I’ll watch the loop and look for things to fix in the 2nd pass. Usually the 2nd half of the loop is stronger than the 1st just because I get used to drawing the subject by then, and my hands have warmed up, so going back to the 1st half and cleaning up is necessary anyway.

Step 03: Fix up the animation, 2nd pass


Notice this one doesn’t sync up with the other two? That’s because I added some frames at the beginning to make the first smear a bit smoother. It’s about a 1/3 of a second longer than the original.

So for this pass I clean up any inconsistencies (redraw the hands and arm), fix expressions, completely redraw sloppy frames, redraw the intro smear to make it read more as an animation independent of the source video. Any secondary drawings or animation I draw on the 2nd pass – add the hair, make the liquid in the shotglass more dynamic. I also added some colour on this pass  just to see what it would look like.

The thing I love about doing this in Photoshop is that I can work with layers. So I can use the first pass, add a “fix” layer on top of it, and selectively erase stuff and add the new drawings on top without having to completely redraw each frame. Or I can add a “color” layer to add the yellow, or add pencil shading, or just work on the liquid in the shotglass, etc. and if I don’t like it I can just turn that layer off, or erase it and start again without deleting the rest of the drawing on that frame.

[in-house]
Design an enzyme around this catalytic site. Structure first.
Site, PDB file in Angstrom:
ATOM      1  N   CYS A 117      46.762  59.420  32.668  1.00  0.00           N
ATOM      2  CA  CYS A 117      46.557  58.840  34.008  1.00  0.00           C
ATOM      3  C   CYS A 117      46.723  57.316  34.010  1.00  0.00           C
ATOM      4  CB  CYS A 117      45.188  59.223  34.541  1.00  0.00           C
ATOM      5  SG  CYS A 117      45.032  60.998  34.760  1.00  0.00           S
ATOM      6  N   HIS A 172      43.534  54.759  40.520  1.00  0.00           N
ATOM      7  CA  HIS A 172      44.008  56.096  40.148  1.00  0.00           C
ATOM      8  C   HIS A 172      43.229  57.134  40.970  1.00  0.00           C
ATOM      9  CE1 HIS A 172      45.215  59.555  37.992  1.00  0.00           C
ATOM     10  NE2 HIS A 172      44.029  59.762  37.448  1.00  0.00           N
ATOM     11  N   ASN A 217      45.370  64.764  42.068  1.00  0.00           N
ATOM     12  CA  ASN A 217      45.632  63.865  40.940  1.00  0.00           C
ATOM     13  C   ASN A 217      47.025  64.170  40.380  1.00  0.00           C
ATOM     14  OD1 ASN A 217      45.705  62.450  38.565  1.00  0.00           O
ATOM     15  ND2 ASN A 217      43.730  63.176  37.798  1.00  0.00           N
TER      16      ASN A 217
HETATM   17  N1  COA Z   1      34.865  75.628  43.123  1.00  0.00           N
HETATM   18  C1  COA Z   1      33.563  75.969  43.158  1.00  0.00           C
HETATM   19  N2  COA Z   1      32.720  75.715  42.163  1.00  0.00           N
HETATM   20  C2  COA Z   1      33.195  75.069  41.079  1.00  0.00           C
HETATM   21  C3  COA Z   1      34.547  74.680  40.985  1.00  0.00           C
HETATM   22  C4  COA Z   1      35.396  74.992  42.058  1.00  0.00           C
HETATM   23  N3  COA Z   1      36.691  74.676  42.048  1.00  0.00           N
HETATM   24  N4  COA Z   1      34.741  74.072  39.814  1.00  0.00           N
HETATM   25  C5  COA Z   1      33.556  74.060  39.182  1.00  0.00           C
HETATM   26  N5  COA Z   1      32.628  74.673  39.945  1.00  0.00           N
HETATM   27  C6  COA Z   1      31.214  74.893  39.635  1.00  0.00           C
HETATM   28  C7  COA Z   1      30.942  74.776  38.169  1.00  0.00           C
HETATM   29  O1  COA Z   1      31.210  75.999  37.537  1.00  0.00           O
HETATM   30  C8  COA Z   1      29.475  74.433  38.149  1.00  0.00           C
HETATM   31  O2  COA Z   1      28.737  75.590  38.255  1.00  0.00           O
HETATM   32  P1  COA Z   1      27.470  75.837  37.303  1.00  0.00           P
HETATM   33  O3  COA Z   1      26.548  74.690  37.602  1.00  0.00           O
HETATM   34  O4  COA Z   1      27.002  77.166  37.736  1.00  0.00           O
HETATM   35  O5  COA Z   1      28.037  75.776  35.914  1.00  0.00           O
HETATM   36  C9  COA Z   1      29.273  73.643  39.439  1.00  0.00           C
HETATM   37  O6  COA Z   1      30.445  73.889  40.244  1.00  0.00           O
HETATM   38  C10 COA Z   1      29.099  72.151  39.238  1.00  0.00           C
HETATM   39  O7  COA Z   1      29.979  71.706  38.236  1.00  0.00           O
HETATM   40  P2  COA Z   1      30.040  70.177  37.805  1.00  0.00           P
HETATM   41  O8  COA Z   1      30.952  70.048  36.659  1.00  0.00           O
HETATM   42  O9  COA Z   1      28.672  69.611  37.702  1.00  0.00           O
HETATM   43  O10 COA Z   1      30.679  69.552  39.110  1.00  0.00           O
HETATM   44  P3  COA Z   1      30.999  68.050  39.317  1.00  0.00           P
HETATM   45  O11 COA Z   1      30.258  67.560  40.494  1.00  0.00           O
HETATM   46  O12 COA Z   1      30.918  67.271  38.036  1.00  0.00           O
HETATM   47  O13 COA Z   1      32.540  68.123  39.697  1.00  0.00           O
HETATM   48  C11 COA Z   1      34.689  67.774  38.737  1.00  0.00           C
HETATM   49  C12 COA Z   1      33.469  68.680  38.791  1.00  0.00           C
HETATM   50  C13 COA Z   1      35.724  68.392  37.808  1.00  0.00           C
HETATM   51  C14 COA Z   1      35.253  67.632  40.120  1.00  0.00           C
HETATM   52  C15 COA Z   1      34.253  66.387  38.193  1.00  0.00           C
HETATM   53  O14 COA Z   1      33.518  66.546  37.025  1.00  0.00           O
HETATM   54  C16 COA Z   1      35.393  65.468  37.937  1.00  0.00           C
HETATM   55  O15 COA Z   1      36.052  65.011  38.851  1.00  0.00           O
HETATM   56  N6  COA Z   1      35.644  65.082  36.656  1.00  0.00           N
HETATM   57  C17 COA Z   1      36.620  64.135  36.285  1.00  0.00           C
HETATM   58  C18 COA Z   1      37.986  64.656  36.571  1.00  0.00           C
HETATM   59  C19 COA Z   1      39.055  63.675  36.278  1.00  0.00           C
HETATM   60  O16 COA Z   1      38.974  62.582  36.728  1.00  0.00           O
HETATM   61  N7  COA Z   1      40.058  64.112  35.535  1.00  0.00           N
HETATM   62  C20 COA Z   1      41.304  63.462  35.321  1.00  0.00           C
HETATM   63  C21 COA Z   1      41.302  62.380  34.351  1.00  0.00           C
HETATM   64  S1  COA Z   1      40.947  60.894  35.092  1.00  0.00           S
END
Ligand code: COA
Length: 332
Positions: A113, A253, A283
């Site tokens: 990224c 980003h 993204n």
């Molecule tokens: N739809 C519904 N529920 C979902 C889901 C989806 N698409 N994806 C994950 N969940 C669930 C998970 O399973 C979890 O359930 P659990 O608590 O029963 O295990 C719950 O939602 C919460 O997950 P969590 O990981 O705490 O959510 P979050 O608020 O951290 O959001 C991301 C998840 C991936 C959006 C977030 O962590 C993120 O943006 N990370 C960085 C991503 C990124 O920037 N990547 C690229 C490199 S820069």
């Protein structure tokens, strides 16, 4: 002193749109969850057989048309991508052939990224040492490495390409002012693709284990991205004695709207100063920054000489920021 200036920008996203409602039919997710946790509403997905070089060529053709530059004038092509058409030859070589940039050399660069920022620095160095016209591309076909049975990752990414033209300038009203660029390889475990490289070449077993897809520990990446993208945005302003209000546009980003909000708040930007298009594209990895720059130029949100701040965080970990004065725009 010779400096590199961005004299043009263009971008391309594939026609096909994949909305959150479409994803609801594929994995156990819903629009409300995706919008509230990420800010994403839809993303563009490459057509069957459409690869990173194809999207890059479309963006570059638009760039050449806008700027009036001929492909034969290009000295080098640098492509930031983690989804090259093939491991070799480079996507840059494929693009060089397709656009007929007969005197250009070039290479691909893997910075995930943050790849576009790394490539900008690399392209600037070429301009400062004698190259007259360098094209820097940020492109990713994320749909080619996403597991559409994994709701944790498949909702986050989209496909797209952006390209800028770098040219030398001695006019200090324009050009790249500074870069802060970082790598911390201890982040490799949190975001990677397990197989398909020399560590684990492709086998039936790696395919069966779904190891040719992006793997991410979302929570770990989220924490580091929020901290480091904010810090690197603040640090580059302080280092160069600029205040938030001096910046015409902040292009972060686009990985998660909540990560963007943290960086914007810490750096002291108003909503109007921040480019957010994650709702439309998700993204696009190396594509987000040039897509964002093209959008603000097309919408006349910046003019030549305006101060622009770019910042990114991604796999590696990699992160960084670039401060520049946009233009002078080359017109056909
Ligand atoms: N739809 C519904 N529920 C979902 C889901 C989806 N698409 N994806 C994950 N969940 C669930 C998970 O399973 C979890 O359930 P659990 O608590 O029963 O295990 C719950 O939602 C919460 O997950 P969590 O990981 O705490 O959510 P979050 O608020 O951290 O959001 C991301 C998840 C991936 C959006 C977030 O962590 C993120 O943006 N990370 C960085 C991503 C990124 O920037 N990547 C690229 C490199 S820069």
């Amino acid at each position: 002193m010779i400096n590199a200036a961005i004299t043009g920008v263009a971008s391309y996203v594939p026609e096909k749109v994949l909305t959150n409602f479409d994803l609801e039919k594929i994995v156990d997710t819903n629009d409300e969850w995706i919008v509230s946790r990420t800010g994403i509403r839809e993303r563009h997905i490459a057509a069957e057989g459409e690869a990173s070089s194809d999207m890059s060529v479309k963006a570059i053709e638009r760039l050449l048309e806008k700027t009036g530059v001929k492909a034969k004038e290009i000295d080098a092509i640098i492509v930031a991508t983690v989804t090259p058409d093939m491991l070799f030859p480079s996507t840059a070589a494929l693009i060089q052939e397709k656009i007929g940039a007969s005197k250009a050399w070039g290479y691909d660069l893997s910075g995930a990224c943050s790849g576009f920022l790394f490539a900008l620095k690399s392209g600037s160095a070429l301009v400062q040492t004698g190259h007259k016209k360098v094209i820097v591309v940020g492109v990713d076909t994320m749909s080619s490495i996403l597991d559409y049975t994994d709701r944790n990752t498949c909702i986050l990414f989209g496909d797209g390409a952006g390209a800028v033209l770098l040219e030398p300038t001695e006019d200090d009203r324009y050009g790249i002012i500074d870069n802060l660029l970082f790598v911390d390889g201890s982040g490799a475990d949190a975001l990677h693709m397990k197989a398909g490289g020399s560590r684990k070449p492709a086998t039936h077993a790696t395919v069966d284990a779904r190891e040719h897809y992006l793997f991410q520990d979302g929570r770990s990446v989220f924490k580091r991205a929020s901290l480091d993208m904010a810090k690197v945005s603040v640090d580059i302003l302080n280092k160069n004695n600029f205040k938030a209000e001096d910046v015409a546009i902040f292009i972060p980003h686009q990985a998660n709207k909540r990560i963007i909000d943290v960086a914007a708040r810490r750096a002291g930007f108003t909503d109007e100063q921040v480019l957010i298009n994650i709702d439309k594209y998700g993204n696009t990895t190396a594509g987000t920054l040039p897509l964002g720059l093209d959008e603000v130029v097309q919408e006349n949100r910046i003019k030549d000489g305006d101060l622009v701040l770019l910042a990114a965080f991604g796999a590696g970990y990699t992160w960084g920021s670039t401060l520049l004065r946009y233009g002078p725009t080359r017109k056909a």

Here’s a shot of what it looks like working in Photoshop:

Screen Shot 2015-11-16 at 3.08.07 PM

Anyway, back to it! I’ll be posting more process shots over the next couple months. Thanks for reading!



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About the Author

Tyler Klein Longmire is an animator, designer, and theatre-maker based in Calgary, AB. He works as the Production Coordinator at the Quickdraw Animation Society, an artist-run centre for independent animators in Calgary, and is a founding member of the experimental performance collective Humble Wonder Theatre. Tyler has recently been lucky enough to have had studio exhibitions / residencies with the Calgary Arts Commons (January – February 2015) and the Calgary Allied Arts Foundation (September 2014). As a theatre artist, as a freelancer or with Humble Wonder Theatre, he has worked with organizations such as the High Performance Rodeo, The Old Trout Puppet Workshop, Alberta Theatre Projects, Sled Island, Making Treaty 7, TELUS Spark Science Centre, Theatre Junction, Apparition Theatre, Sage Theatre, and Swallow-a-Bicycle Theatre, among others. He makes music videos, illustrations, dirty shadow puppet shows, experimental media art, and his own animated films whenever he can. He rides his bike everywhere and just go two kittens that are pretty cute?